As coronavirus restrictions lift around Texas, what about nursing homes?

Bonnie Smith ate shrimp and pasta — a favorite meal — and talked on the phonewith one of her kids the night before she died. These were some of the last few pleasures her long-term care facility allowed.

For weeks, Smith — like thousands across the country — was largely stuck in her room at a facility in Florida, unable to go to Bible study groups or eat lunch with friends.

And though her daughter in Houston fully expected Smith to reach her 100th birthday in July, she had begun to worry. The isolation wore on her mom. Her voice weakened. Her breathing worsened. Her body grew more frail.

“She became increasingly depressed because she wasn’t in contact with other people,” said her daughter Marsha Hunter Smith, who visited every other month before the pandemic. “She just kind of lost her spark.”

More than two months have passed since federal and state officials ordered nursing homes to stop allowing visitors, group activities and communal dining. The decision seemed necessary to protect a vulnerable population.

Indeed, even with the restrictions, COVID-19 killed nursing home residents at an outsize rate. Around 700 people in nursing homes have died in Texas related to the coronavirus. More than 25,000 have died nationwide.

And while the federal government last month issued recommendations for how nursing homes could begin relaxing their rules, facilities in Texas remain under lock-down — which relatives and advocates say can be hard to bear. It’s left facilities searching for ways to keep residents engaged.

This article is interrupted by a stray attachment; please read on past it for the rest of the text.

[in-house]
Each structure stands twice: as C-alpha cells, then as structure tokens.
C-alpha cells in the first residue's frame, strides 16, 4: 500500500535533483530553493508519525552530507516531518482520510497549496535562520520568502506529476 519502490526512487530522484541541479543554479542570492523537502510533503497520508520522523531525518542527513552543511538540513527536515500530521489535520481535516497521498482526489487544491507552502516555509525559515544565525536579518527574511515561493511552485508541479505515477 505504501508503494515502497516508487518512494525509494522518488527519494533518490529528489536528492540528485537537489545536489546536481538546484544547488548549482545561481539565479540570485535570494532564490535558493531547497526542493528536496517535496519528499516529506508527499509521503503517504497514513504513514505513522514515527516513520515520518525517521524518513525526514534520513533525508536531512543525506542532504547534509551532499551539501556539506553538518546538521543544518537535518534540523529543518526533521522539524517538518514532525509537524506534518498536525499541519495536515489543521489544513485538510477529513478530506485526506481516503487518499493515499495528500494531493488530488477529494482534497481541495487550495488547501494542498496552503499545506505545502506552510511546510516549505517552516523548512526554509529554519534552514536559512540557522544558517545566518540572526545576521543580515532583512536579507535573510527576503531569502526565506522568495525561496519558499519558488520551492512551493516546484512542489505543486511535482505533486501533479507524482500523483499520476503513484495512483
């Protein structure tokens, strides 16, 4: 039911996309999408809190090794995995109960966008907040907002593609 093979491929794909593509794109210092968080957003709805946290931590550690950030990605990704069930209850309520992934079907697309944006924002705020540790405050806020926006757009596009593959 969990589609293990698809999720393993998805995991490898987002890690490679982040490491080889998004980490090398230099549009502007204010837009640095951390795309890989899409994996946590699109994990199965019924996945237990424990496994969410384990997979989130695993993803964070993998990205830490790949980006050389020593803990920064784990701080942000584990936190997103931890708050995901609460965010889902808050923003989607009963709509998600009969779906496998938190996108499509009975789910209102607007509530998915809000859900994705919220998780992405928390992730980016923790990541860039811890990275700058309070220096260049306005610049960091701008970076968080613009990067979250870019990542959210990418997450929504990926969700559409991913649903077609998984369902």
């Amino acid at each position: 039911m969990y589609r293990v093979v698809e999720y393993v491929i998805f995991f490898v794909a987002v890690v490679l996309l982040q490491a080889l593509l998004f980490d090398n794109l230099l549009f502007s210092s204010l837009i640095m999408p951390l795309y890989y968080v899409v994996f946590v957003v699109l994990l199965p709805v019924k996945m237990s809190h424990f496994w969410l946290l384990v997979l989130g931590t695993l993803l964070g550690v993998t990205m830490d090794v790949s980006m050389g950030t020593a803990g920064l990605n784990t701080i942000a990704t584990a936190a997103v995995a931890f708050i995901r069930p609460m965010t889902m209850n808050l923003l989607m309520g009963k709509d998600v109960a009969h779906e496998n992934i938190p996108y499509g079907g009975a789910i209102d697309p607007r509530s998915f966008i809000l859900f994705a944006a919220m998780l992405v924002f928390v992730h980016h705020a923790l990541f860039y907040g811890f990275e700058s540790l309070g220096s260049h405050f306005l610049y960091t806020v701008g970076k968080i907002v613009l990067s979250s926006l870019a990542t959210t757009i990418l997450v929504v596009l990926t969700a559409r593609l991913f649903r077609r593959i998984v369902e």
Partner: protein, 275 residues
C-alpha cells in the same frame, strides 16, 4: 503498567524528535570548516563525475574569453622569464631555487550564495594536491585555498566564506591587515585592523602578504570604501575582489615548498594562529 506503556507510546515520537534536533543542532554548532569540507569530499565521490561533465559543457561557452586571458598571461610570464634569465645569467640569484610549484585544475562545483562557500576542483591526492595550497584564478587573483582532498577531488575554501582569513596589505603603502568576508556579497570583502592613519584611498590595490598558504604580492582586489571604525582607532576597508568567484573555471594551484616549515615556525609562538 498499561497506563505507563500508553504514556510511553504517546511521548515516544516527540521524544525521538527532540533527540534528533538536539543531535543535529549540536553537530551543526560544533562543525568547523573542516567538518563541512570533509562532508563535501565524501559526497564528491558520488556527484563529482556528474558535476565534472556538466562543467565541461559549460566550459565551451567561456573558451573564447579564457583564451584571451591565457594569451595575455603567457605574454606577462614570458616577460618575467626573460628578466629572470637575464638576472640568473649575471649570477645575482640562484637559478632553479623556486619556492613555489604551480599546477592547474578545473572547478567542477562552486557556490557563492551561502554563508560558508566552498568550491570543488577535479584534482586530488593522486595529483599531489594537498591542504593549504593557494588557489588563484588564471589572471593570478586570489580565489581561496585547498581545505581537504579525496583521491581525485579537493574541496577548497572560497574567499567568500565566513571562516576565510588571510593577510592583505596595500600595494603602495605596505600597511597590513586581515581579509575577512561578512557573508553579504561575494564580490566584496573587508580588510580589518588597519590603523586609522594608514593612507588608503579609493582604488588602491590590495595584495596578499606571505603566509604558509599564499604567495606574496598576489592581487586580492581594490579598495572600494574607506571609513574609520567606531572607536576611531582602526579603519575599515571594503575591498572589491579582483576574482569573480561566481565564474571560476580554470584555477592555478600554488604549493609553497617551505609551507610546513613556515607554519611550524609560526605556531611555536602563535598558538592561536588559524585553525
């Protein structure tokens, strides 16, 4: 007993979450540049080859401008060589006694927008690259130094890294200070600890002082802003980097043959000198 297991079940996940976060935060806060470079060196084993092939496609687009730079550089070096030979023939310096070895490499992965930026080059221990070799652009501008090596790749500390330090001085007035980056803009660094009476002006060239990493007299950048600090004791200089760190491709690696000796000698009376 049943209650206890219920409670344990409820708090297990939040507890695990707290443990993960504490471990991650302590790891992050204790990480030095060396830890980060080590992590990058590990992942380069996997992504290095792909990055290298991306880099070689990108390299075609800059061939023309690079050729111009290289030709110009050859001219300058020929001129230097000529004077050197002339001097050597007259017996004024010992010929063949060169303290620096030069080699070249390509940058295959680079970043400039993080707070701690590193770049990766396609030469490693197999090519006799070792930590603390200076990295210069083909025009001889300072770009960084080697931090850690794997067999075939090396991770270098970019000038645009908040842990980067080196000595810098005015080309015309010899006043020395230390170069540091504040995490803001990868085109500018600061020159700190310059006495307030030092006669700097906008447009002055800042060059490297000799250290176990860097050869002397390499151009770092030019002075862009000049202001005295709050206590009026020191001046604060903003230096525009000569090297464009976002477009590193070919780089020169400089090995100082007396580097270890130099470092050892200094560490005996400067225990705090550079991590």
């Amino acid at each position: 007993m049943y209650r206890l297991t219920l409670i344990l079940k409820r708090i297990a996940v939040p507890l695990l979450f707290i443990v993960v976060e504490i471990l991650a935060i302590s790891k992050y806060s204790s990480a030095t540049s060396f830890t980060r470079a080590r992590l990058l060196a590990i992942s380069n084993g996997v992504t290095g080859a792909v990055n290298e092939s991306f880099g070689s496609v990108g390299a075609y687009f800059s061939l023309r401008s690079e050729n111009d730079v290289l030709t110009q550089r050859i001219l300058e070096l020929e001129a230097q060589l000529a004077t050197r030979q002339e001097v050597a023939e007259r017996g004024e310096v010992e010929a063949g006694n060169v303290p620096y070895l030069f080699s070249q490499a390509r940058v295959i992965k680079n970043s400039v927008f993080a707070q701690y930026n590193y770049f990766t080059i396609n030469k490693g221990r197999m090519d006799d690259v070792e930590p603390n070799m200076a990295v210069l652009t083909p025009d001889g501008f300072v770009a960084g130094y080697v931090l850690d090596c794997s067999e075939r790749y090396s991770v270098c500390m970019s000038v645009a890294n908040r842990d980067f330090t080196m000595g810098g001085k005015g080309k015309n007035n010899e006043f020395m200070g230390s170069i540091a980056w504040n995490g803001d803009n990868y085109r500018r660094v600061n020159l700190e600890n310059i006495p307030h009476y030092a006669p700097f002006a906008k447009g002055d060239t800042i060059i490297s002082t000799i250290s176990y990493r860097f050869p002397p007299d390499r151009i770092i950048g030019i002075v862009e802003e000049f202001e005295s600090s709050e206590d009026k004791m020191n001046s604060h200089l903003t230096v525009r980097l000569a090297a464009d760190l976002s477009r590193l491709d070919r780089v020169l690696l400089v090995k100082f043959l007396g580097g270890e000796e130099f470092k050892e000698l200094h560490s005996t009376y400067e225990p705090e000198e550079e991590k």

Anxiety and depression increase with loneliness, said Carmel Dyer, a geriatrician with UT Physicians Center for Healthy Aging. A lack of mental stimulation can impact memory and thinking.

But loneliness and isolation are different: For 86-year-old Lillian McNeill, the isolation hasn’t been too hard. She enjoys watching the news while she eats in her nursing home in La Marque.

On Wednesday, she won several rounds of socially distanced Bingo in the hallway. She knows how to entertain herself, she said.

‘NOTHING TO DO HERE’: People in no-visit Texas nursing homes adapt to world without guests

For Smith, it was different. Before the coronavirus began to spread, she got her hair done weekly and put on full makeup every morning.

Under the restrictions, this woman who enjoyed company couldn’t have visitors. This woman who appreciated an elegant table ate meals delivered on disposable plates. This woman who once had so much to look forward to was dying.

On the day she passed, her daughter told her by phone that she loved her.

“She did not have anything to live for,” Hunter Smith said. “Her kids couldn’t come see her. She couldn’t go do the activities she loved. She couldn’t be out with the people she enjoyed being with. There was nothing to keep her going.”

Jimmy Jones worried, too, about his mother, Leona, whom he used to visit regularly at the same nursing home where McNeill lives, Bayou Pines Care Center. Jones struggled to help his mom stay positive, especially after she contracted COVID-19.